There are many pests and diseases that can seriously damage crops and plants in the Isle of Man. To protect plant health, the Department for Environment, Food and Agriculture (DEFA) sets policy and enforces controls and restrictions on the import, movement and keeping of certain plants, plant pests and other materials such as soil.
Why is Plant Health so important? By protecting plant health, we are protecting the benefits plants provide to all of us, to wildlife, the environment and our economy.
Factors such as globalisation of trade, increased travel have led to more plants and plant products entering the Isle of Man this in turn means that there are more threats to our plant health. Protecting the Isle of Man from harmful pests and diseases means that our plants can thrive in the future.
By protecting plant health we are protecting the benefits plants provide to all of us, to wildlife, the environment and our economy.
Plant health legislation controls the import and movement of certain plants, seeds and organic matter - such as soil - and certain plant products, including fruit, potatoes, vegetables, cut flowers, foliage and grain.
Controls are different depending on the species - and whether or not they are classified as quarantine organisms - but could include the need for classification, a phytosanitary certificate, a plant passport and/or inspection requirements.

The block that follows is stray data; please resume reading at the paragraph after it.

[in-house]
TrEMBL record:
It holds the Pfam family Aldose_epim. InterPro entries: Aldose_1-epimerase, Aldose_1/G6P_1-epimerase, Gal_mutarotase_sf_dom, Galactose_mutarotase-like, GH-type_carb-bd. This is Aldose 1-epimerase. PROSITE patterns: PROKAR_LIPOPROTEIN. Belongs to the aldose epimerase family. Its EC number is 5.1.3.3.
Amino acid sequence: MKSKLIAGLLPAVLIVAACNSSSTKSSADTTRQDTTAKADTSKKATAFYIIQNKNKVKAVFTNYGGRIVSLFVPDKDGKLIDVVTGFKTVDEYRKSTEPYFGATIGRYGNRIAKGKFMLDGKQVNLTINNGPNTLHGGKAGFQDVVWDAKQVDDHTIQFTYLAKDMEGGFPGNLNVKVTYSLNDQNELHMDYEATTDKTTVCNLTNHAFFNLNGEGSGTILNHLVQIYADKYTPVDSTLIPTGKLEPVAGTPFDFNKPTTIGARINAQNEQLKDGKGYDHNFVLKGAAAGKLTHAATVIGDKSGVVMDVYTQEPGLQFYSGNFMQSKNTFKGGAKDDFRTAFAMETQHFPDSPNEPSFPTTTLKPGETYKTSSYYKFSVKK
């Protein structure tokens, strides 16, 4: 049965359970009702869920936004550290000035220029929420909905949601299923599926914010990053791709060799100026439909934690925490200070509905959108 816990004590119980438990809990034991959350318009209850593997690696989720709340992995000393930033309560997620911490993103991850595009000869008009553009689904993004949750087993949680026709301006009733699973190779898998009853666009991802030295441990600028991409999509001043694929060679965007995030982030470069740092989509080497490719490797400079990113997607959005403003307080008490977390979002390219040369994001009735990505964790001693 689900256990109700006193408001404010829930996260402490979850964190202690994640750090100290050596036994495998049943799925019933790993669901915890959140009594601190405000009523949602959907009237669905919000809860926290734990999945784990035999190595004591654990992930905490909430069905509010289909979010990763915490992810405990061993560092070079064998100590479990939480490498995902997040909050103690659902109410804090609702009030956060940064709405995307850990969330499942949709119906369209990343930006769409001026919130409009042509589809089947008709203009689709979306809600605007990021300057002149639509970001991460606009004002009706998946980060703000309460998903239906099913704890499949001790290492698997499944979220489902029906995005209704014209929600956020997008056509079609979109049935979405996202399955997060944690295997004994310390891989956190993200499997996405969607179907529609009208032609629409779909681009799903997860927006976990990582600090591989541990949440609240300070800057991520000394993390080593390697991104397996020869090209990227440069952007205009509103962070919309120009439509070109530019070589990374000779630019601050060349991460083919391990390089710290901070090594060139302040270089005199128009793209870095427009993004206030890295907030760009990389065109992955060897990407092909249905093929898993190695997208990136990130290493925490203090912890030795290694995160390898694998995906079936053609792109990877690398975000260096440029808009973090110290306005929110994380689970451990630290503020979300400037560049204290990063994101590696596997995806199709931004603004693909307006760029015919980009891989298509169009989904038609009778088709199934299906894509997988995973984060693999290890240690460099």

There are two main elements of plant health control relevant to growers and crop farmers:
- protection against quarantine organisms - measures to prevent the introduction and spread of harmful plant pests and diseases which are not established in GB
- certification - ensures that high-quality planting material which is free from specific pests and diseases is available to growers
Some plants or plant products which host or can carry plant pests are prohibited from entering the Isle of Man while others must meet certain requirements and be accompanied by a phytosanitary certificate. To find out what you need to do to meet these requirements please read the ‘Regulated goods from EU’ document which can be found in the Downloadable Documents area.
Importing plants and plant products from the EU
The Isle of Man is no longer part of the EU Plant Passport Regime.
The majority of plants and plant products entering the Isle of Man from the EU are now subject to plant health controls, such as certification requirements.
Consignments of some controlled commodities being imported from the EU must be accompanied by a phytosanitary certificate issued in the country of export instead of an EU plant passport.
Just as for imports from non-EU countries, importers must check if a plant or plant product requires phytosanitary certification to be allowed entry into the Isle of Man. You must also register with the relevant competent authority before importing any controlled plants or plant products.
Phytosanitary certification requirements for the Isle of Man are the same as for Great Britain as set out in Schedule 10 of the Plant Health (Phytosanitary Conditions) (Amendment) (EU Exit) Regulations 2020.